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Low growth hormone levels linked to memory defects later in life can be prevented with early growth hormone treatment
11 January 2010
Society for Endocrinology
Scientists have shown that early growth hormone supplementation in rats with growth hormone deficiency can prevent defects in memory developing later in adulthood. The study, published in the Journal of Endocrinology is the first to show that memory defects in adults as a result of growth hormone deficiency arising in childhood can be prevented by growth hormone treatment during adolescence.
Growth hormone levels start off low in early life, and peak just before puberty, after which they gradually decline with increasing age. Growth hormone deficiency can be present from birth, or arise during childhood or adulthood as a result of various disorders. Growth hormone deficiency originating in childhood is treated with growth hormone supplementation to increase body size (mainly height) during adolescence. Until now, it has not been clear if or how this treatment directly affects memory in adulthood, or whether it can prevent learning and memory deficits commonly observed in adults with childhood onset growth hormone deficiency.
Professor Michelle Nicolle and colleagues from Wake Forest University School of Medicine and The Reynolds Oklahoma Center on Aging (University of Oklahoma Health Sciences Center), USA studied rats with a genetic mutation that leads them to produce significantly decreased levels of growth hormone, as a model for early-onset growth hormone deficiency. They assessed the animals’ performance in a water maze test designed to measure spatial memory, at either 8 or 18 months of age. To mimic adult-onset growth hormone deficiency, one group was treated with growth hormone for a specific period during adolescence (4-14 weeks old) only; to mimic childhood-onset growth hormone deficiency, one group was treated with a saline control; and a third group was treated with growth hormone from 4 weeks old throughout their lifespan. The above groups were compared to a control group with normal growth hormone levels.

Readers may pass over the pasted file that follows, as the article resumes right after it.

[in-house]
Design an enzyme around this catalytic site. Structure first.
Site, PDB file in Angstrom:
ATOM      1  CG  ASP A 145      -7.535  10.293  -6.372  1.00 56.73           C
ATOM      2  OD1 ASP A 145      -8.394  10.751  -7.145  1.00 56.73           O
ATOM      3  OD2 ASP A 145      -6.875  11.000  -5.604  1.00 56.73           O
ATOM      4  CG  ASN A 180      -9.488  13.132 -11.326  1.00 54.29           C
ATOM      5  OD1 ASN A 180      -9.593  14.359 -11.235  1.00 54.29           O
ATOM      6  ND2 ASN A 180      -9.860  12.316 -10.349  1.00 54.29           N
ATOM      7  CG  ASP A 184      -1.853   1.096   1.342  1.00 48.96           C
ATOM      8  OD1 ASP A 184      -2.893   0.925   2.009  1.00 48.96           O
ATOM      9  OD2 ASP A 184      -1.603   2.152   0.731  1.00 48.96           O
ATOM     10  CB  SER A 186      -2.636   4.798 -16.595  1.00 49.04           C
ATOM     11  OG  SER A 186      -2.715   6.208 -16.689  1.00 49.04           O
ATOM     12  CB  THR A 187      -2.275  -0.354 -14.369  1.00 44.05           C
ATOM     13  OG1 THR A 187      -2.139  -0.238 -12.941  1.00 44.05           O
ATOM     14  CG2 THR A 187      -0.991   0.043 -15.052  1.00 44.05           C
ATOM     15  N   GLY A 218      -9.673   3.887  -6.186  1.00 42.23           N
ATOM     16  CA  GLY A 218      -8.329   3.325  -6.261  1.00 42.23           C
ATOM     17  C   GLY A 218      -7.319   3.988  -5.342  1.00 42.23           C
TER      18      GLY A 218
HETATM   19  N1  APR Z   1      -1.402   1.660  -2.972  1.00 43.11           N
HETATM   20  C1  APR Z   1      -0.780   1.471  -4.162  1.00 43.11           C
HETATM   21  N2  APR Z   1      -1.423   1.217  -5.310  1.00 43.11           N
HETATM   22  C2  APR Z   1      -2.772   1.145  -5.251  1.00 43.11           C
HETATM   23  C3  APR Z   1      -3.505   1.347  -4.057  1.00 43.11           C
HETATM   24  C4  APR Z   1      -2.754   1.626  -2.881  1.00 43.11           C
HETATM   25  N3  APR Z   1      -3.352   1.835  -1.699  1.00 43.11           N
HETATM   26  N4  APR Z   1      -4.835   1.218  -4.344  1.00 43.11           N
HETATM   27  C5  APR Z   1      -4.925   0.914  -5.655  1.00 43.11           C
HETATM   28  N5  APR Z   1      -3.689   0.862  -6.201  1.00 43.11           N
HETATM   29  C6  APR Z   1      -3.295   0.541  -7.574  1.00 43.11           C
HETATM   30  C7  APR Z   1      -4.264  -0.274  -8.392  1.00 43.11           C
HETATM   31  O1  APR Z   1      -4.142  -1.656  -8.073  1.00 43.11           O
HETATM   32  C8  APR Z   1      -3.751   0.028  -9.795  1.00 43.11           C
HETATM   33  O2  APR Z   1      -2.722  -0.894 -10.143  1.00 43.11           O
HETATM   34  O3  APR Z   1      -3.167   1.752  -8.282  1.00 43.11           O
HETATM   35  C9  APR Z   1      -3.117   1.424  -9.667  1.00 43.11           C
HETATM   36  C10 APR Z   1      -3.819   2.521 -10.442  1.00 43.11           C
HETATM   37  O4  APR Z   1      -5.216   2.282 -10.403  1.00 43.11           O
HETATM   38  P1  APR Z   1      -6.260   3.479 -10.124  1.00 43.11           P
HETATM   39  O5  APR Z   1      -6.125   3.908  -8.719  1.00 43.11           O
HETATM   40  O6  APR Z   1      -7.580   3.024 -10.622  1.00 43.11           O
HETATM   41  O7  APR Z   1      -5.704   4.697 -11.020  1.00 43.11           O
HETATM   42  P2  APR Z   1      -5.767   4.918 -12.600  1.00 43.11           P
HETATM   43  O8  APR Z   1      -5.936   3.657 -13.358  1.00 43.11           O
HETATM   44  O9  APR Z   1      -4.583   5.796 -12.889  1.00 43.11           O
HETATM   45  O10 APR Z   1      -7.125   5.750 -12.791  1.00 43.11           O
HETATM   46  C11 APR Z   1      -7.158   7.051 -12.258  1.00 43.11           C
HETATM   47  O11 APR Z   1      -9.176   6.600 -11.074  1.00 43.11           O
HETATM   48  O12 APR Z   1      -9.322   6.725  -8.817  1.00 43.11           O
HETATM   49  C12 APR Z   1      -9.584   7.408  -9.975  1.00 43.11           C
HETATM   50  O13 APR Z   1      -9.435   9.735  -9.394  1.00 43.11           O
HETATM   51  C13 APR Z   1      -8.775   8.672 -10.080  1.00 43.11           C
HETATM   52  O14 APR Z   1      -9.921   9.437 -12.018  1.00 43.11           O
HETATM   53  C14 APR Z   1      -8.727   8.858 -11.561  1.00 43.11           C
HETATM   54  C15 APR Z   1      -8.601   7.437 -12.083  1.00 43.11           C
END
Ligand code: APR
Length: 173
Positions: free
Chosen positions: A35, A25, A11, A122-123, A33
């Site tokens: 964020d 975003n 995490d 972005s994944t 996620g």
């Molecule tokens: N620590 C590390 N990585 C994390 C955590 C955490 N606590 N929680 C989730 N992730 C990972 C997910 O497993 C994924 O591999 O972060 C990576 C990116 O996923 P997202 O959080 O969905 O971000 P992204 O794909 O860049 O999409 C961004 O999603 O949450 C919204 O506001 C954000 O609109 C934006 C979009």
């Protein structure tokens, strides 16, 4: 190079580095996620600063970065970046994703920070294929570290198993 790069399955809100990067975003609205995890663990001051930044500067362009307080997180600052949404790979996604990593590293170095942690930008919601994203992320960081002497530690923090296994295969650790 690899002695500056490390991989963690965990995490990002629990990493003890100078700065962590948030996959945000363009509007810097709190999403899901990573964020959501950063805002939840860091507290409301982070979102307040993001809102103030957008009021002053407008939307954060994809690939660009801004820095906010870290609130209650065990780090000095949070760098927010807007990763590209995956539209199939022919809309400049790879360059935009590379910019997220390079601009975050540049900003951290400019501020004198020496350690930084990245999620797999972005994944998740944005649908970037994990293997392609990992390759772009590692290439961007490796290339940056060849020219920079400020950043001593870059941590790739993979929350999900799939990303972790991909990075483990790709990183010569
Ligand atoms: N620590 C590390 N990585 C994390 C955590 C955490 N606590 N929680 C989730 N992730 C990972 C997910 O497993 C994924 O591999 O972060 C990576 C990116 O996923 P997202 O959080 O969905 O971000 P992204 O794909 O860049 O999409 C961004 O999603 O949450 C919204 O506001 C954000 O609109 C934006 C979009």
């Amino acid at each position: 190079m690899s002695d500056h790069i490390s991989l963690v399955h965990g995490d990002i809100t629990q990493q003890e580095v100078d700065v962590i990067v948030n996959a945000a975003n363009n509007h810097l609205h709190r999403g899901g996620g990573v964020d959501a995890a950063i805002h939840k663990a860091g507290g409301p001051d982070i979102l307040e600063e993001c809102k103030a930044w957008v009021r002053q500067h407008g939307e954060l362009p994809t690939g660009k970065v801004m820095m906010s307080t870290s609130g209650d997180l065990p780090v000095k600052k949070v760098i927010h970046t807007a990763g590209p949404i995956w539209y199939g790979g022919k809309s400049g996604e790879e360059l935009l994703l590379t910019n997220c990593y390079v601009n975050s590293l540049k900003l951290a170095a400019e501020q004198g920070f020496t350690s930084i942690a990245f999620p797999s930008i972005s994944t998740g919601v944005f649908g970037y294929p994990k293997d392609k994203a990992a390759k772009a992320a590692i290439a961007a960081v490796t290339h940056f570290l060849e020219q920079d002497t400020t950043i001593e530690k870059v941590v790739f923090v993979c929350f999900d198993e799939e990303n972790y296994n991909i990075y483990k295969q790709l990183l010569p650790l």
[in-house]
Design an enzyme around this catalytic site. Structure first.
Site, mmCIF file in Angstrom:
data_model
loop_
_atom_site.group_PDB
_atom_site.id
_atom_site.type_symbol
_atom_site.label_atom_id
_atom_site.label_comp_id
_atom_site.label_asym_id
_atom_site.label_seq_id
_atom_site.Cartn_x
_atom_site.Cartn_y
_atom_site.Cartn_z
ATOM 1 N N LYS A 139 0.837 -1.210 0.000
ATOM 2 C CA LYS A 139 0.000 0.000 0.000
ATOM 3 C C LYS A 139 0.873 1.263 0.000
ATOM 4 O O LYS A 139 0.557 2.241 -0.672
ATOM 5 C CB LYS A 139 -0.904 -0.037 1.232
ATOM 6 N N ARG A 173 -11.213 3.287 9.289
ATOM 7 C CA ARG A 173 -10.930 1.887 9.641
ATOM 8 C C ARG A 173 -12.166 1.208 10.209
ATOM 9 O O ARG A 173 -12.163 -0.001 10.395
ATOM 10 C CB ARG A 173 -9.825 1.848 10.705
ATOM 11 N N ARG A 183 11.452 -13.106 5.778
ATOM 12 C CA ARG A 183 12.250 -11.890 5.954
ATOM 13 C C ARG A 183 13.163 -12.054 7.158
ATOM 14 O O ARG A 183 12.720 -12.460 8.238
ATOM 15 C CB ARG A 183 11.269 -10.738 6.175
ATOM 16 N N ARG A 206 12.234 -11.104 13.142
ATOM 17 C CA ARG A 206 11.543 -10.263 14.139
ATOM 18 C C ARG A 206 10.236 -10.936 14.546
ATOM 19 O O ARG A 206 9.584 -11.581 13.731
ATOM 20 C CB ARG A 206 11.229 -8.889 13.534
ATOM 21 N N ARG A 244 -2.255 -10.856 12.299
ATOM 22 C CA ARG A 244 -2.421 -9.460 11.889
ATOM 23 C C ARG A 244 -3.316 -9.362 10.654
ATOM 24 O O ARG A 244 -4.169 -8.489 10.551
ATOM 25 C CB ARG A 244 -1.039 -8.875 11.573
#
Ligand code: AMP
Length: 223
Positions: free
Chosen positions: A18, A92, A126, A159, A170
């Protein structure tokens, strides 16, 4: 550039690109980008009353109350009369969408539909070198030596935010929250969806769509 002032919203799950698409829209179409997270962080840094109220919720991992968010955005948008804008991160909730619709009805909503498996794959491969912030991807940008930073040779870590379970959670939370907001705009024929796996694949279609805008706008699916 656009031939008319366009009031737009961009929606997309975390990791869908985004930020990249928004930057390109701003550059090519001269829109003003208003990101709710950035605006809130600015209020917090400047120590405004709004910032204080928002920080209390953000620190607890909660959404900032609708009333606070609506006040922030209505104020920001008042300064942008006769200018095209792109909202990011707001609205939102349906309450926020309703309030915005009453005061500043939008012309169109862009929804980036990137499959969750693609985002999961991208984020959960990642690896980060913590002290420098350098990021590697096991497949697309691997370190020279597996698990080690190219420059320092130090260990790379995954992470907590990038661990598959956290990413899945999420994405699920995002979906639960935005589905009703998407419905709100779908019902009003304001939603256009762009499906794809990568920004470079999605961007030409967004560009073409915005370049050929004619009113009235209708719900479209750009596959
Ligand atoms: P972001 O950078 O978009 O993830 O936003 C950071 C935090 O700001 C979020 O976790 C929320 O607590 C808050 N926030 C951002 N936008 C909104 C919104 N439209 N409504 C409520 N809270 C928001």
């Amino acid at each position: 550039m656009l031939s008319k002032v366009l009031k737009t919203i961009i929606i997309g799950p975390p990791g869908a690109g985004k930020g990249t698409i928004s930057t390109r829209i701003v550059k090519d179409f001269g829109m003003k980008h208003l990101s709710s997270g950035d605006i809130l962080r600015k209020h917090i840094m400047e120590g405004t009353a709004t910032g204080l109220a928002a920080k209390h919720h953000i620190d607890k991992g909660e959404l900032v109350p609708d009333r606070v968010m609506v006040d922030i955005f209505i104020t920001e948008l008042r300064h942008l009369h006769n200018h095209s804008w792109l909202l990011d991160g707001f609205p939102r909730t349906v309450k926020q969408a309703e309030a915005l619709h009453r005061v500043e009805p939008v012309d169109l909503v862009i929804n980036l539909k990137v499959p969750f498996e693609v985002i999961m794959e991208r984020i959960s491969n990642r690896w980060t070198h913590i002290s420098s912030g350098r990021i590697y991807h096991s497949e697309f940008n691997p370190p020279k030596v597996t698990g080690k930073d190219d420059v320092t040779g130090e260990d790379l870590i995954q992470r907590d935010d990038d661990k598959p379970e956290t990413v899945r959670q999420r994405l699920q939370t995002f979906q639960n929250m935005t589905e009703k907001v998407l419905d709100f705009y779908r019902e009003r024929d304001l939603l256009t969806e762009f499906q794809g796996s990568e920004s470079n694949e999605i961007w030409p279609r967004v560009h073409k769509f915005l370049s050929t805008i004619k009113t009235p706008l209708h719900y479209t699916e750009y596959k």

At 8 months old there was no difference between the groups in performance in the water maze task. However, at 18 months of age, the group with childhood-onset growth hormone deficiency performed significantly poorer in the task than all other groups, indicating poorer spatial learning. This suggests that the growth hormone supplementation during adolescence prevented the age-related deficiencies in learning and memory seen in the childhood-onset group. The group treated with growth hormone during puberty (adult-onset) performed equally well as the group treated with growth hormone into adulthood, indicating no further effect of growth hormone treatment on spatial memory beyond adolescence.
These results show that, in rats, memory impairment in adults as a result of growth hormone deficiency arising in childhood can be reduced or prevented by early growth hormone supplementation. This study highlights the potentially significant role that growth hormone plays in memory function and the importance of further studies with larger sample sizes to determine the mechanisms underlying the effects of growth hormone treatment during adolescence on brain maturation.
Researcher Professor Michelle Nicolle said:
“We carried out this study to investigate the effect of growth hormone supplementation during adolescence on memory function in adults. Our results show that in rats, growth hormone deficiency during adolescence leads to learning and memory deficits in adults. Furthermore, treating growth hormone deficiency by supplementing with growth hormone during puberty prevents this deleterious effect on brain function later in life. This shows that growth hormone replacement during adolescence is important not only for increasing growth but also for brain maturation. This may have important implications for the treatment of patients with growth hormone deficiency and is an aspect of therapy that needs to be taken into account in future clinical growth hormone studies in this key age group.”